Trump’s approval rating is down significantly from 49% in March, while his disapproval rating is up 9 points from 45%.
What’s the point: Trump received a clear boost in his approval rating as the coronavirus pandemic began to grip the country. His net approval rating (approval - disapproval) among voters shot up to its highest point since the first month of his presidency. But now, just weeks later, Trump’s popularity has been dropping.
Looking at the data, Trump seems to have had one of the fastest retreats of a rally around the flag effect in modern polling history.
Trump’s net approval rating stood at -10 points among voters in an aggregate of polls as late as March 11. Less than three weeks later, it got up to -4 points on March 27. Today, it’s back down to -8 points.
Even at its peak, the jump of just 6 points is weaker than any well-known rally around the flag event that I know of for a president. It’s only about half that of what Barack Obama got after the killing of Osama Bin Laden. It falls well short of the nearly 70-point jump George W. Bush received after 9/11.
But even if Trump failed to reach the levels of any of his predecessors, you might have thought the bump would stick around for a while. Even the shortest of bumps (like Bush got after Saddam Hussein was captured) had residual effects for a few months. My study of rally around the flag events since World War II found that the median one still has some effect for more than 200 days after the event occurs.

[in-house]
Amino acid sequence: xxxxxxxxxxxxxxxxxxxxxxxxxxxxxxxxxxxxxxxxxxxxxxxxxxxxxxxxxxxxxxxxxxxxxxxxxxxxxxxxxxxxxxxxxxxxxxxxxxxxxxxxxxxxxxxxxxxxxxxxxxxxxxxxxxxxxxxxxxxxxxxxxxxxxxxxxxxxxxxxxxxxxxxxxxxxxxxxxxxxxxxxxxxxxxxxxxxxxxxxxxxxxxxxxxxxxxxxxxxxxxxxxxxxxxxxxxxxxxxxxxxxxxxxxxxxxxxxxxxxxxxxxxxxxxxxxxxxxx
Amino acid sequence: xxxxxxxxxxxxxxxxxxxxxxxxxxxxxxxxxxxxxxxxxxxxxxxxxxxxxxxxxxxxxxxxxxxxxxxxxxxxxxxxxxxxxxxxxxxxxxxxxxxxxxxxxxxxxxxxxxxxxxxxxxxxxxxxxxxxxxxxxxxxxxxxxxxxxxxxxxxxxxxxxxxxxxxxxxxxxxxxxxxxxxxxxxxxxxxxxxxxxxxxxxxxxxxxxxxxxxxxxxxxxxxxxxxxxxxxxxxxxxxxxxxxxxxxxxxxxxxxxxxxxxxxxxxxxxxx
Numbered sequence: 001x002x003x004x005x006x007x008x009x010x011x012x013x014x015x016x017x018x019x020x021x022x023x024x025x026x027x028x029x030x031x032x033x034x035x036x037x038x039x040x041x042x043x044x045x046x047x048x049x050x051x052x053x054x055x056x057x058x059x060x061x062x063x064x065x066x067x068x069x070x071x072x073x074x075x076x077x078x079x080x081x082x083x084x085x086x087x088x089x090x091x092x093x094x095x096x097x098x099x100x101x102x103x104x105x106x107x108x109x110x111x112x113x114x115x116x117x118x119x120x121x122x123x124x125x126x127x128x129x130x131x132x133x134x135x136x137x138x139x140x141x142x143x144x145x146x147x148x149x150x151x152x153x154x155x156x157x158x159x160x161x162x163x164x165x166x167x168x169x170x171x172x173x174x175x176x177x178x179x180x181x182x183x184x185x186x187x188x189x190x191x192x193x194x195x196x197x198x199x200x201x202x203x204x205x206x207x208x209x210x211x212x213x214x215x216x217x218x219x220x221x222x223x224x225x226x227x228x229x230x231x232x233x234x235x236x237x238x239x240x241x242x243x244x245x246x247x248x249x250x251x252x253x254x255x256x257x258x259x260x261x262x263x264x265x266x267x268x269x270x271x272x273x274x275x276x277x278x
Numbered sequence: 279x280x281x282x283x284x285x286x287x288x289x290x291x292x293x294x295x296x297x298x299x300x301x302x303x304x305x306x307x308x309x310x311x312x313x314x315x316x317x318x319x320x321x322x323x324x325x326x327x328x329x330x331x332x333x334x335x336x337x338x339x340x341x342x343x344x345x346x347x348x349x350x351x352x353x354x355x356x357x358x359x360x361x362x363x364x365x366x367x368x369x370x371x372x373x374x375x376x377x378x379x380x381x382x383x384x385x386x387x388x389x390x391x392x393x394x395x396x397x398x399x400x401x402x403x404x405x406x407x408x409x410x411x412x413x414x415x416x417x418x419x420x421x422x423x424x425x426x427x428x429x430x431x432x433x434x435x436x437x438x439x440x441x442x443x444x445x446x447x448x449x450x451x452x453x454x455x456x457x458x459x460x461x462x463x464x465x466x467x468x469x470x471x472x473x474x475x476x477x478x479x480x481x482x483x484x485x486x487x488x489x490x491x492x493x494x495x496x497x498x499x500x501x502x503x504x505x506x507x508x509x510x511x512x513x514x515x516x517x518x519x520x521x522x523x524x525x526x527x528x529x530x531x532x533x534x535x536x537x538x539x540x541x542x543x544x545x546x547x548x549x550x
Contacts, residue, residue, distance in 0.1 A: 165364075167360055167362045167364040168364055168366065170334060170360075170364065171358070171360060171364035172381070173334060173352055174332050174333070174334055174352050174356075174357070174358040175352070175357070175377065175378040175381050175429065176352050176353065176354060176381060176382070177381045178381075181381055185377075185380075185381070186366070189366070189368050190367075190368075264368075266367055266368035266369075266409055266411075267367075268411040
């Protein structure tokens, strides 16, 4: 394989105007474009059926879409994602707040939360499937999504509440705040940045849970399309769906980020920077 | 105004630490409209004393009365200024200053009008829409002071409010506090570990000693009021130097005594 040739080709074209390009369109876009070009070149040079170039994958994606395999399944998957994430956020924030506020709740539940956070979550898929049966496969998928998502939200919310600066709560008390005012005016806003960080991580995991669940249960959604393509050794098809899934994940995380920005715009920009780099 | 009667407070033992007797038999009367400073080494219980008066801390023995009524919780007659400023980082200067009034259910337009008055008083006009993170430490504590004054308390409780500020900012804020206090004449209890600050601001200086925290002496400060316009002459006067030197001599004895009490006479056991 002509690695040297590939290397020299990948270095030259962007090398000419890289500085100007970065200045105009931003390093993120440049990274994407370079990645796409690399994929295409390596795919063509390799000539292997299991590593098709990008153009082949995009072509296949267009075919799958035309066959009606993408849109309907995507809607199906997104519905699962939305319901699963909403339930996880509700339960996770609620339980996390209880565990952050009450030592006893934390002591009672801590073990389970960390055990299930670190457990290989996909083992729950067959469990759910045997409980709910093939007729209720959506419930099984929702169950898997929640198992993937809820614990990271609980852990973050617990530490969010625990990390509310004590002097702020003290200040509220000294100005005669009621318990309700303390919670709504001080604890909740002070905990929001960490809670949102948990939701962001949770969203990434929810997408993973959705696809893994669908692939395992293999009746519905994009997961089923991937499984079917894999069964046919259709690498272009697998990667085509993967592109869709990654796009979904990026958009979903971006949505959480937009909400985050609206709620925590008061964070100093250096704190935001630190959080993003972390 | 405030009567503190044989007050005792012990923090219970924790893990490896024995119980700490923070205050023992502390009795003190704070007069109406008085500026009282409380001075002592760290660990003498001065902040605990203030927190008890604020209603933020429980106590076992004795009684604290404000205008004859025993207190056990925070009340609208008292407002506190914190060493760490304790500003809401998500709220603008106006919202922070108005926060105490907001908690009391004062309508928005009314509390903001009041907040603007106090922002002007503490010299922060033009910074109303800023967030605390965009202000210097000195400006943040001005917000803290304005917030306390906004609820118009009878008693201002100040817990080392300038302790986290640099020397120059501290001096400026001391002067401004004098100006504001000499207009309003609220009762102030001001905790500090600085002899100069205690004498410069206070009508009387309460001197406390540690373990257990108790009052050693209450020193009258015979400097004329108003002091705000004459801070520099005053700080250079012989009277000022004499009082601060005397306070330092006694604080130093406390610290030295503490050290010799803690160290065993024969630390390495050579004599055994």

We’re only about 40 days after Trump started to see his polling climb. Unbelievably, this is usually when rally around the flag effects hit their peak, not when they are almost entirely extinguished.
Now, a lot has changed since many of these rally around the flag events took place. We’re in a 24/7 news environment. Still, there’s plenty of reason to think that Trump’s limited bounce in terms of height and time is an underperformance.
Indeed, as Trump’s approval rating has declined, Congress’ has gone up. Both Fox News and Gallup put Congress’ approval rating at their highest since 2009. In pretty much every state poll I’m aware of, the governor’s approval rating, no matter their party affiliation, is higher than Trump’s. Even internationally, Trump saw a significantly smaller bounce than other world leaders.
It is possible that Trump could see some sort of secondary bounce. You can imagine that possibly happening when restrictions are lifted in states or when a vaccine is found.
In terms of his reelection prospects, it should be worrying to the President that even with a black swan pandemic occurring, he couldn’t get his net approval rating above 0 points. It’s going to be difficult to win the election if his net approval rating is -8 points among voters on election day.